At one point, several federal lawyers and assistants were ordered to quit the case because the government inadvertently walked off with Mahjoub's confidential legal files.
In its decision, the appeal court said that “these particular security certificate proceedings can only be seen as fundamentally fair in their execution.''
“True, occasionally mistakes and faults happened and often remedies were needed to redress them. But individually or collectively, there is no factual and legal basis upon which the Federal Court could have permanently stayed these proceedings. They properly ran their course to a final decision on the merits.''
Minister of Public Safety and Emergency Preparedness Ralph Goodale issued a statement Thursday confirming federal assistance for communities, including the city of Grand Forks, about 500 kilometres east of Vancouver.
``Officials are working closely with federal and provincial partners on planning the details of this assistance, including support from the Canadian Armed Forces,'' Goodale said in the release.
``Troops are deploying to the affected areas and will provide assistance with evacuations, help protect key assets from flood damage, and bolster sandbagging efforts.''
An exact timeline was not provided, but the minister's statement said help would be provided ``as soon as possible.''
A tweet sent Wednesday night from Defence Minister Harjit Sajjan said ``the women and men of our Canadian armed forces are always ready to support Canadians.''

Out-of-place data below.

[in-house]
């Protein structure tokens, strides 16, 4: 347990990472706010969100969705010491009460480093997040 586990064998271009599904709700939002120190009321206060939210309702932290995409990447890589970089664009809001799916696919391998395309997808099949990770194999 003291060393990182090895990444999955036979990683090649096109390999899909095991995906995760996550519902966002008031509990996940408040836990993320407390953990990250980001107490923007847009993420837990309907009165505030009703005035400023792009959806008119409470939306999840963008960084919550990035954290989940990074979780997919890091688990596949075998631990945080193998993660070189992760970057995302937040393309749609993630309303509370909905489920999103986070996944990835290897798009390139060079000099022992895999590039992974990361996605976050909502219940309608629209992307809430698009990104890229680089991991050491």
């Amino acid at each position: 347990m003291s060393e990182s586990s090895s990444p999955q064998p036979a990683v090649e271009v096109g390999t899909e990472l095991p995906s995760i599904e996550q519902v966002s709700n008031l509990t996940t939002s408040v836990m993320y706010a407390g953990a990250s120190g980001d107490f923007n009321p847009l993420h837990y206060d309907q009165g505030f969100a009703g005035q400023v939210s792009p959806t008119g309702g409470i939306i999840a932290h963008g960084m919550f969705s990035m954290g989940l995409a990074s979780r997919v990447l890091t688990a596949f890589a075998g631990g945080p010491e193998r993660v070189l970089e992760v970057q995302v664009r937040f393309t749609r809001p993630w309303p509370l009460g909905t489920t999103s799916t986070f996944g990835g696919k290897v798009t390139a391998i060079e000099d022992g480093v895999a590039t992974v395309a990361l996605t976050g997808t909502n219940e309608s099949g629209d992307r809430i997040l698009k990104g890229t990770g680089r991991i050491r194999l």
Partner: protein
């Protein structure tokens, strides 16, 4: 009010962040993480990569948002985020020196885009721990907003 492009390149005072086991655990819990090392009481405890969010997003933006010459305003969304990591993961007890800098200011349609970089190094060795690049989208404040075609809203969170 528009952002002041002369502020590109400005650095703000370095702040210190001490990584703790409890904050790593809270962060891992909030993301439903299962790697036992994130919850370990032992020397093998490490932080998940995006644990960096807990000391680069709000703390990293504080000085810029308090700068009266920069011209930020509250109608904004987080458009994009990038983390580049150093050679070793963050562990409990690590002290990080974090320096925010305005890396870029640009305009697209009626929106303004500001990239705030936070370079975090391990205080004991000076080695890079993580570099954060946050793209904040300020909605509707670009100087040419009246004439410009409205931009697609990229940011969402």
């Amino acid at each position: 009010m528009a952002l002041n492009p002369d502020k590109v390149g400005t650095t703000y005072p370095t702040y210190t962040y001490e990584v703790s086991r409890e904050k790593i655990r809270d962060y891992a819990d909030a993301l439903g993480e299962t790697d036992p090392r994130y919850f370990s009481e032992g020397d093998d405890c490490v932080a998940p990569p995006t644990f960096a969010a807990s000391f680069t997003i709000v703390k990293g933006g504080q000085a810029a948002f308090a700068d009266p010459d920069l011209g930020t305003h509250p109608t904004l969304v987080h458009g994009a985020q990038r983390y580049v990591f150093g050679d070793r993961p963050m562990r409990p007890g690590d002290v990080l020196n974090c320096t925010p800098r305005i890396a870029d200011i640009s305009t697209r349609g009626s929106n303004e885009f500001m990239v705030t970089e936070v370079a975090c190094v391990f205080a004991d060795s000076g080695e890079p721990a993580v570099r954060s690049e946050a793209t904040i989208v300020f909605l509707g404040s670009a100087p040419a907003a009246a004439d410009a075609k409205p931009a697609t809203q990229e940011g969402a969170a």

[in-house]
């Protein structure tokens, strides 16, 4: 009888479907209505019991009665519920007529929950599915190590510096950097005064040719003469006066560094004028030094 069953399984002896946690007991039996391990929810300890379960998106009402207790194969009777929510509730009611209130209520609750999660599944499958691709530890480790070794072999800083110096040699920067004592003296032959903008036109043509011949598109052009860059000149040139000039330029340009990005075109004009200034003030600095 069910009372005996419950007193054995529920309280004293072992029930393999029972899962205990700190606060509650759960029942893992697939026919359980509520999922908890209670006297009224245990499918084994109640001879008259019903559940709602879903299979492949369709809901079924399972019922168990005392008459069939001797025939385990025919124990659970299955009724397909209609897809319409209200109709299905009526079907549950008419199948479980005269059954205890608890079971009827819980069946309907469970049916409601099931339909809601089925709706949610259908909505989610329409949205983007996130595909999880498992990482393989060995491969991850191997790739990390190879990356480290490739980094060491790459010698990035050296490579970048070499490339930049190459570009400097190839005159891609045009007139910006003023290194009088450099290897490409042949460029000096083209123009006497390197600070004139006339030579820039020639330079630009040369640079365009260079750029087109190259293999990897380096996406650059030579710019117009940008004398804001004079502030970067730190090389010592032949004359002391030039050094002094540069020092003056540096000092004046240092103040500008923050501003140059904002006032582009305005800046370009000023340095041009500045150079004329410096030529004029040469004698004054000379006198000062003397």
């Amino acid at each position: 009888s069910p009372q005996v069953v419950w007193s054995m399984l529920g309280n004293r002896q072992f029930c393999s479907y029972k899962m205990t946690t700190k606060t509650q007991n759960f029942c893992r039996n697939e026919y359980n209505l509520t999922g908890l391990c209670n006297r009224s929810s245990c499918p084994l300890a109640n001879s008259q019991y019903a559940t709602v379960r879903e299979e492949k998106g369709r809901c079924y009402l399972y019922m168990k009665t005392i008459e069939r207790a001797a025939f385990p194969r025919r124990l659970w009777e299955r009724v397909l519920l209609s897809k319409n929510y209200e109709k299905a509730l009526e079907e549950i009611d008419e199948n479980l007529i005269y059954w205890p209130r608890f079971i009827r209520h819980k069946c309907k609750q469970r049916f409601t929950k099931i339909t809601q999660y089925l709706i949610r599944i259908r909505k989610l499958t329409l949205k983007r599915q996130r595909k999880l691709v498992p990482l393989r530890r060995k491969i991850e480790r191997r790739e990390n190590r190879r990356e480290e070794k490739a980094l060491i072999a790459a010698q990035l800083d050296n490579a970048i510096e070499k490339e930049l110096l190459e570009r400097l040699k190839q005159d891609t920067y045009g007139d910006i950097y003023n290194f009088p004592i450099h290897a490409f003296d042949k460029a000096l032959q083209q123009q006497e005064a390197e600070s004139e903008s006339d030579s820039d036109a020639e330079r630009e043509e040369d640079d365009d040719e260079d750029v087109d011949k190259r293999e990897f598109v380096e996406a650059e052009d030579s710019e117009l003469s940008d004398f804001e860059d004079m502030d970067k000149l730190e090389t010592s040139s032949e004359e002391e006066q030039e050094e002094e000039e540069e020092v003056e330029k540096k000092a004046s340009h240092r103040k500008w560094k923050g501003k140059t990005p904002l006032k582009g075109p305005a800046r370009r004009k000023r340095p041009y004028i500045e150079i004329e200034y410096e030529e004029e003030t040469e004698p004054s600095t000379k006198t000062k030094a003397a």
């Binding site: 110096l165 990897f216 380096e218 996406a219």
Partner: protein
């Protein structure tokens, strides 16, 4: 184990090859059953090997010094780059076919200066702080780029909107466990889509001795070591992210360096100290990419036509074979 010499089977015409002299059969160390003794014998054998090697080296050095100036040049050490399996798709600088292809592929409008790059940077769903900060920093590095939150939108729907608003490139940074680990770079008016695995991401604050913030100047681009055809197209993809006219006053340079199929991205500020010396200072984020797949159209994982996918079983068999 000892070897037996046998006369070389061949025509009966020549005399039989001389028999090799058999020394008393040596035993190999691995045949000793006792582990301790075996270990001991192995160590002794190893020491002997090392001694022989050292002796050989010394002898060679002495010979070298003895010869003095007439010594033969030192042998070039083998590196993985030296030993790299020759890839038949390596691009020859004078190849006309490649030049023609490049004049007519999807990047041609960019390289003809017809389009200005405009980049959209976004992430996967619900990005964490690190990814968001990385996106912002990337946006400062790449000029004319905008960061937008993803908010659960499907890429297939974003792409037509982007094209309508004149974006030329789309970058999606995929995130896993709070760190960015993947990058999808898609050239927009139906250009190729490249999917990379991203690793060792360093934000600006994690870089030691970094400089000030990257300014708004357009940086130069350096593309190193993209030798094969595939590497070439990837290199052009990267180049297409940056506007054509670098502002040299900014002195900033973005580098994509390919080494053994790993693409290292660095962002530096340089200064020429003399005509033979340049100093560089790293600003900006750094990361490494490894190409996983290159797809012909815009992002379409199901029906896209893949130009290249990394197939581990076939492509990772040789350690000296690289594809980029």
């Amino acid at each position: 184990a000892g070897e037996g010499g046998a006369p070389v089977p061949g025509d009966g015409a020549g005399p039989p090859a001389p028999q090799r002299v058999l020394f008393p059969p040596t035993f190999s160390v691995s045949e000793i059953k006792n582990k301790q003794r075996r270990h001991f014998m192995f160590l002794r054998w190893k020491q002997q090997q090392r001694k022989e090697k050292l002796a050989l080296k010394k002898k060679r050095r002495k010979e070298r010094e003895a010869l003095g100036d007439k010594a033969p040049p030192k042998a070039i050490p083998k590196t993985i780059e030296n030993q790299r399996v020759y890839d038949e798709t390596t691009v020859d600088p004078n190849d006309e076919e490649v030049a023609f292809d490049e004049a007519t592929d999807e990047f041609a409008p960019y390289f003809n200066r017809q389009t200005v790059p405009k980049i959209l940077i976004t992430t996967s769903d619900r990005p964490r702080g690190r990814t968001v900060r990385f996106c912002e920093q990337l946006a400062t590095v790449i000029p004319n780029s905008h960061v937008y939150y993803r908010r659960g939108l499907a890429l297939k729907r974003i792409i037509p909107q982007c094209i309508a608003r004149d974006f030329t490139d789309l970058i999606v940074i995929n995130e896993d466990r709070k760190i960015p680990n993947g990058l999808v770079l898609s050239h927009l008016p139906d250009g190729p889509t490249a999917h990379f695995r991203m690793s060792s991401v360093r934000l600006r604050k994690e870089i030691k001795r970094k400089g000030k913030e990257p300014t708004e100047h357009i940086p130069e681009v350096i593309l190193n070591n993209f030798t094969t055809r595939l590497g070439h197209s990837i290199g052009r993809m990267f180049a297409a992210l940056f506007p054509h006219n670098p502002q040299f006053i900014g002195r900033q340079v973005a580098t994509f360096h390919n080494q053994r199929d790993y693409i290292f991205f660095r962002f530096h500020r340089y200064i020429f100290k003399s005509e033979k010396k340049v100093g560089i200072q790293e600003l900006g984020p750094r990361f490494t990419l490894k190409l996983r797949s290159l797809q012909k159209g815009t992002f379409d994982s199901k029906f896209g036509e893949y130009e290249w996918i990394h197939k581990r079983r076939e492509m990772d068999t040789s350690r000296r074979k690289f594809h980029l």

Environment Canada issued special weather statements Thursday covering the entire southeastern corner of British Columbia, including the flood-damaged Boundary region, as thunderstorms have the potential to add even more water to already raging rivers.
Forecasters predict as much as 40 millimetres of rain by Friday and there's concern about added damage caused by heavy downpours during localized thunderstorms.
A news release from the Regional District of Kootenay Boundary said properties along the banks of the surging Kettle River are at risk and more evacuation orders are possible.
School District 51, which operates eight elementary schools, two secondary schools and a development centre in the Boundary region, closed all schools Thursday because of the potential for imminent flooding.
A state of local emergency was in effect across the entire neighbouring Regional District of Okanagan-Similkameen which posted on its website that provincial agencies are closely monitoring the levels of Osoyoos Lake and preparing for evacuation orders if required.
In the Regional District of Central Kootenay, east of Grand Forks, evacuation alerts were expanded along Erie Creek and the Salmo River, while firefighters from across the district were sent to the village of Salmo to help with sandbagging in anticipation of flooding there.